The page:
In this episode, Jerry Bradshaw discuss:
- Developing a framework for obedience that you are comfortable with.
- The importance of having a solid foundation before progressing onto more advanced skills.
- Compartmentalizing behaviors that can then be called upon or strung together in different orders, rather than pattern training behaviors.
- Learning theory, understanding conditioning theory (both operant – positive/additive and negative/subtractive consequences – and classical – learning through association).
- The five schedules of reinforcement – fixed ratio, variable ratio, fixed interval, variable interval, and random.
- Having a framework, and a conceptual understanding, for training allows you to go back a few steps in training if needed as you understand the training progression.
- Once you have a framework, then look at what behaviors you need to plug in and train within the framework.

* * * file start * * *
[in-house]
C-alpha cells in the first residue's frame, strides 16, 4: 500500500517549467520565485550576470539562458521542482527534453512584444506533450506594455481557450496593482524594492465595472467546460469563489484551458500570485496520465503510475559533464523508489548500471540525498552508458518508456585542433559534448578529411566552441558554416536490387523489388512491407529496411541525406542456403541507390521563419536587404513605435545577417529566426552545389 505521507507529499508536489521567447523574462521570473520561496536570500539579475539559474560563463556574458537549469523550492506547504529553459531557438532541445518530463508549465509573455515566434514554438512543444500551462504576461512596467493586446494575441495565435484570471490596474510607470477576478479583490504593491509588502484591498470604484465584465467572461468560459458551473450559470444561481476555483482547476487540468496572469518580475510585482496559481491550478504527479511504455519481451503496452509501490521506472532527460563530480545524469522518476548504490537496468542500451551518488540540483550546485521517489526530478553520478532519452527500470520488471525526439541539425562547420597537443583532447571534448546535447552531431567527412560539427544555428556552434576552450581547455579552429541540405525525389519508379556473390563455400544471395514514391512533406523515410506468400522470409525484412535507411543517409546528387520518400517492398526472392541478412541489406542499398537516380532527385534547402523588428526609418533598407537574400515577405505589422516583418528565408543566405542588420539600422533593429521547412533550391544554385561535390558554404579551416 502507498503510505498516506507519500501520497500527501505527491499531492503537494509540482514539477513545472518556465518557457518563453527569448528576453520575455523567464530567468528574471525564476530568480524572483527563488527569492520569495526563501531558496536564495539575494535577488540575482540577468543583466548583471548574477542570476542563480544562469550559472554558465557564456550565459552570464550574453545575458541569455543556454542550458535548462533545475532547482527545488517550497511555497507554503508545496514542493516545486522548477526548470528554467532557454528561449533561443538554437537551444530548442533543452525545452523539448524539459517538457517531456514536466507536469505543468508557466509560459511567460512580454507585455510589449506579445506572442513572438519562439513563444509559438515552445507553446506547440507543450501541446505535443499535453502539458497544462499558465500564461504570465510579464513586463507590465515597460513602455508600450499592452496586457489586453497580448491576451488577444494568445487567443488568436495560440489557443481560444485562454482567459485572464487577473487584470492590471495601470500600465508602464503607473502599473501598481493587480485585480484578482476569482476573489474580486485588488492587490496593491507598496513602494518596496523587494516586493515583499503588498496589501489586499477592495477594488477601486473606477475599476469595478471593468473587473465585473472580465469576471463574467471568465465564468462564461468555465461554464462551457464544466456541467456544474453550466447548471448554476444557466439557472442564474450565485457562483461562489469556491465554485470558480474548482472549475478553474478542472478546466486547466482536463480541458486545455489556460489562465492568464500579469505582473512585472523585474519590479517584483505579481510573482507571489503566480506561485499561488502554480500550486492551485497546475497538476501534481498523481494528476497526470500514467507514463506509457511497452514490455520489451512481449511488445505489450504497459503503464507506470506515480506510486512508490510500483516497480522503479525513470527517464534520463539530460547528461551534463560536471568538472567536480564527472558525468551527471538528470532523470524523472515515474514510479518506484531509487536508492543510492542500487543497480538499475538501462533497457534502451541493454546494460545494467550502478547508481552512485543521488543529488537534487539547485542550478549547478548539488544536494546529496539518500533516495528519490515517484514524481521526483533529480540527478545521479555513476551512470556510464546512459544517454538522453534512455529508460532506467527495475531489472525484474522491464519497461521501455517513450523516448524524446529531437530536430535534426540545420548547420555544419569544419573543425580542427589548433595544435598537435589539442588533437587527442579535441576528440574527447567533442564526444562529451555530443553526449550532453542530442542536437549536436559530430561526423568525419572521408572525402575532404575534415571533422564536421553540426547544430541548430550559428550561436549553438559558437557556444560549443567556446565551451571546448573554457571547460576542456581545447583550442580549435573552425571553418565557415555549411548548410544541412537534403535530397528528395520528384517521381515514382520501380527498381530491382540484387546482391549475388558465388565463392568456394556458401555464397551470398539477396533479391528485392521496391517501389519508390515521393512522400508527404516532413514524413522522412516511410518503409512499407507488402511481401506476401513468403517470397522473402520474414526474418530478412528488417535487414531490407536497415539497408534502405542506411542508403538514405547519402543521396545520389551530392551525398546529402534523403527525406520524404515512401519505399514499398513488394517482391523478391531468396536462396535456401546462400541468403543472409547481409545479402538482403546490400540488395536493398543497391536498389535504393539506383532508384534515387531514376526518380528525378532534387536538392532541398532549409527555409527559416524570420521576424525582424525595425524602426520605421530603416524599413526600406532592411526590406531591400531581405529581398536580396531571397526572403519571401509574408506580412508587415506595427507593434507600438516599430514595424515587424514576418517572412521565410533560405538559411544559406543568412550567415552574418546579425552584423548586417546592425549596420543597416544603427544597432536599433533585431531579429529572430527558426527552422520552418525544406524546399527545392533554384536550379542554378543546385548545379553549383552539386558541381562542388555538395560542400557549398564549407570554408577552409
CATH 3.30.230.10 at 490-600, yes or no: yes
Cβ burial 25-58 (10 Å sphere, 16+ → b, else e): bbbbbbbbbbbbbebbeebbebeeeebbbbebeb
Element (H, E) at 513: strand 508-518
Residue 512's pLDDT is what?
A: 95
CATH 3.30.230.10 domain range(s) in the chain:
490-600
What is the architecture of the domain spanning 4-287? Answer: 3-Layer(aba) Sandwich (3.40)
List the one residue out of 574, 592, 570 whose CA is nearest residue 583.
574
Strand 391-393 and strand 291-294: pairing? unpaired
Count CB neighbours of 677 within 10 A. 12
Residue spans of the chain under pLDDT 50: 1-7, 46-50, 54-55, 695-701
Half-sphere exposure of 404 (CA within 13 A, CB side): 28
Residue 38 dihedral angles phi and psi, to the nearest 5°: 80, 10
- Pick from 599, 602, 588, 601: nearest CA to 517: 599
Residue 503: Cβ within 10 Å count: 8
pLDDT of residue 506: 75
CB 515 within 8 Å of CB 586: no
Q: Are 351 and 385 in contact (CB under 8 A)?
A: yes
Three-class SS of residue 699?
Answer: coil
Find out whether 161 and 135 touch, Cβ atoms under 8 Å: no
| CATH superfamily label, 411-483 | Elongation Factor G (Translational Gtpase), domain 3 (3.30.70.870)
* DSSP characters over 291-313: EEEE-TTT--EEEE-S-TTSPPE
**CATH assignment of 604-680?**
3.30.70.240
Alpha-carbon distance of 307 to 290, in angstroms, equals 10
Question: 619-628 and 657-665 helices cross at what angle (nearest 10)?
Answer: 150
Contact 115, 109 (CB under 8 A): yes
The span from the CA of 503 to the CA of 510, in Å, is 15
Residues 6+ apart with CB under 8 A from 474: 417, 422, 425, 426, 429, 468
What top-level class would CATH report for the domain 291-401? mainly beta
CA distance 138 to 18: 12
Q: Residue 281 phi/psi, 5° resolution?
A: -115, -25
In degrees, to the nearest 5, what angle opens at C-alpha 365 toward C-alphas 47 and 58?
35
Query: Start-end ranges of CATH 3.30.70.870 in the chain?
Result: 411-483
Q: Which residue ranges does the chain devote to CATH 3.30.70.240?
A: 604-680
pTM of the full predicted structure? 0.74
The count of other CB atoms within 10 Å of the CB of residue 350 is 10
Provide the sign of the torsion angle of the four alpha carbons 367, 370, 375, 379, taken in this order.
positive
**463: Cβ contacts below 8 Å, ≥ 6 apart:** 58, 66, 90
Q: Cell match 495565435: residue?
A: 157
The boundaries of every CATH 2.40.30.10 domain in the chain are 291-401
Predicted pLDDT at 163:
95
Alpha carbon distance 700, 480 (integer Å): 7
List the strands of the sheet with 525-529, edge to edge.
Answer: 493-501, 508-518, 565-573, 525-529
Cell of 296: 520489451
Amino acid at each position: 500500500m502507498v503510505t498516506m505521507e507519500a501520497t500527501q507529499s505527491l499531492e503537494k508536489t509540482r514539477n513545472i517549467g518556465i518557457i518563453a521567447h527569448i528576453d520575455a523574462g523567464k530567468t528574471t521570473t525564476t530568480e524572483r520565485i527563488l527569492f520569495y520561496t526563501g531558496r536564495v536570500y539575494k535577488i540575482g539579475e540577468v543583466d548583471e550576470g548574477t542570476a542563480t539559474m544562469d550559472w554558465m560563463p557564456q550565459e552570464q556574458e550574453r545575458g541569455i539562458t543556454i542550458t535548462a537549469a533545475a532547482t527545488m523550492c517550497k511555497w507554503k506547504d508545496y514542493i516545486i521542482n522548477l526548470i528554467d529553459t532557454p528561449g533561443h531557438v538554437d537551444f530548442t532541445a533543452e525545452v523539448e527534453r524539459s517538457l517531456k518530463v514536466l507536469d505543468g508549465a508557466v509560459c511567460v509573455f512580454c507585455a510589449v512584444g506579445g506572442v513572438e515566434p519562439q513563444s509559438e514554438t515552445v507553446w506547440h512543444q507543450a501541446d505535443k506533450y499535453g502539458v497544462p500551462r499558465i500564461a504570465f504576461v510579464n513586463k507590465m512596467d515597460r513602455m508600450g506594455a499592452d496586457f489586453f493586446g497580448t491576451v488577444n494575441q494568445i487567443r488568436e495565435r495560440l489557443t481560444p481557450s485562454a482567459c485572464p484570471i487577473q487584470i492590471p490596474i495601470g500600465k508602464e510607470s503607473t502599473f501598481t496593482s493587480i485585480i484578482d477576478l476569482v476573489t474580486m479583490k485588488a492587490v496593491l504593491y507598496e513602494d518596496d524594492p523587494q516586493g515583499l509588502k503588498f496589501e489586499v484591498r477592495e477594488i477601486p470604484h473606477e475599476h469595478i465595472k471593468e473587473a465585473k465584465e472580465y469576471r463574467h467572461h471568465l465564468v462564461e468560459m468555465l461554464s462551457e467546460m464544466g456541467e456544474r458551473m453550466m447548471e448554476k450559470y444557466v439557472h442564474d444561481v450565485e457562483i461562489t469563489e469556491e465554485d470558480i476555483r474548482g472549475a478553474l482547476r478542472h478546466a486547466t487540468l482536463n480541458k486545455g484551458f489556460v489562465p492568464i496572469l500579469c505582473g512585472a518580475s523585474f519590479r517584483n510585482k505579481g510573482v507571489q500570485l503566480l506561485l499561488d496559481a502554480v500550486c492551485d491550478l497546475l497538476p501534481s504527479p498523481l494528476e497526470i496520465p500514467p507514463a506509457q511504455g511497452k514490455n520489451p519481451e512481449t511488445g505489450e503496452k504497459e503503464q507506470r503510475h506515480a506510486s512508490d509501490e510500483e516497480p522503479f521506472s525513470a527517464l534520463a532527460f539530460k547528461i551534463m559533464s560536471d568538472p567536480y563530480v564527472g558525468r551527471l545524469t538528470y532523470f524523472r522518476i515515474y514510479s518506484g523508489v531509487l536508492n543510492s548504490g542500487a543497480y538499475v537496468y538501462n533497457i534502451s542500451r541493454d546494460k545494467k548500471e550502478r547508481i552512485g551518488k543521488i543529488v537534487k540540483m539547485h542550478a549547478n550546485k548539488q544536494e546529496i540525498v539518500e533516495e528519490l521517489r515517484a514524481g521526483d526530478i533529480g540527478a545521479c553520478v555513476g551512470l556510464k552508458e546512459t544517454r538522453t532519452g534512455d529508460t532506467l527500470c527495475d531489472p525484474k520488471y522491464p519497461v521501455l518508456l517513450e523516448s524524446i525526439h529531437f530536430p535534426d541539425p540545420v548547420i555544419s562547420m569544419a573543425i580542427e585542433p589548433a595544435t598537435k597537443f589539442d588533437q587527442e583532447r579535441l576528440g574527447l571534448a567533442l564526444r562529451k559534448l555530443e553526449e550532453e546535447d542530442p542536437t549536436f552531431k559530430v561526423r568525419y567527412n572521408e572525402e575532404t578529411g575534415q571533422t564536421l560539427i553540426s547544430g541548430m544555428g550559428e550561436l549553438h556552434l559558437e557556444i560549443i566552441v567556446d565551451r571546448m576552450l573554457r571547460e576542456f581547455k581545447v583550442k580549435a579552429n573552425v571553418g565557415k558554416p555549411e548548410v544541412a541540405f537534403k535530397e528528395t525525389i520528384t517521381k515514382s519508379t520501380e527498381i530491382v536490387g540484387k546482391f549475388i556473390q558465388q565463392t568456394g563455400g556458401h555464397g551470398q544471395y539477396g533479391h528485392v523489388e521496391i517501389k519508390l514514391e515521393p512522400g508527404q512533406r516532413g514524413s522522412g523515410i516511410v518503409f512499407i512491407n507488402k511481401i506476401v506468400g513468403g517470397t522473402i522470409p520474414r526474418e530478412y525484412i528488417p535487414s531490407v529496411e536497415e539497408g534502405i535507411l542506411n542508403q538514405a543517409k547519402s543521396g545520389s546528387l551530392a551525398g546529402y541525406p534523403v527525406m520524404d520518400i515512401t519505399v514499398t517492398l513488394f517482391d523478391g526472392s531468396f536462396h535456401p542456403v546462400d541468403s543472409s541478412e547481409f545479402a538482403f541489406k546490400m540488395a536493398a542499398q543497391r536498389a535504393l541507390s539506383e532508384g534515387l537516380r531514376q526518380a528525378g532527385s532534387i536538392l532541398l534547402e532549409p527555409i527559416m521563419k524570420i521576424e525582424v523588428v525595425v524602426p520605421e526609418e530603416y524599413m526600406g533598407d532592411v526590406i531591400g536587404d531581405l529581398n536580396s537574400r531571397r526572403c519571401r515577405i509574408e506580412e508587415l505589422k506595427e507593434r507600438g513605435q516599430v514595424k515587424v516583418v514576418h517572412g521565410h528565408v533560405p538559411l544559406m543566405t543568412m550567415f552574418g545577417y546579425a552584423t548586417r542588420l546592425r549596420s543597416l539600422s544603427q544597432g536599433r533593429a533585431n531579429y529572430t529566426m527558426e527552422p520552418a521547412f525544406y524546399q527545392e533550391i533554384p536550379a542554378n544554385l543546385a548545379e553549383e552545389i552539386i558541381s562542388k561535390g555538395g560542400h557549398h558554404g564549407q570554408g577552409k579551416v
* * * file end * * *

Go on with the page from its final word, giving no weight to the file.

- Tangible rewards are meaningful. We can manage those tangible rewards so it is a variable reward, but don’t take away rewards for only praise.
- The dog needs to learn there’s not just a reward for doing a behavior, but there is also a consequence for not doing the behavior.
- You must teach the dog how to resolve the behavior of non-compliance.
- Both motivation and compulsion, used properly, are key elements to the training progression.
“You’ve got a framework, within that framework you’ve got your training progressions. Your framework gives you the big view, the macro view. The progressions give you the micro view of all the individual things that you have to train. And then together you have to look at that and compartmentalize your training.“ — Jerry Bradshaw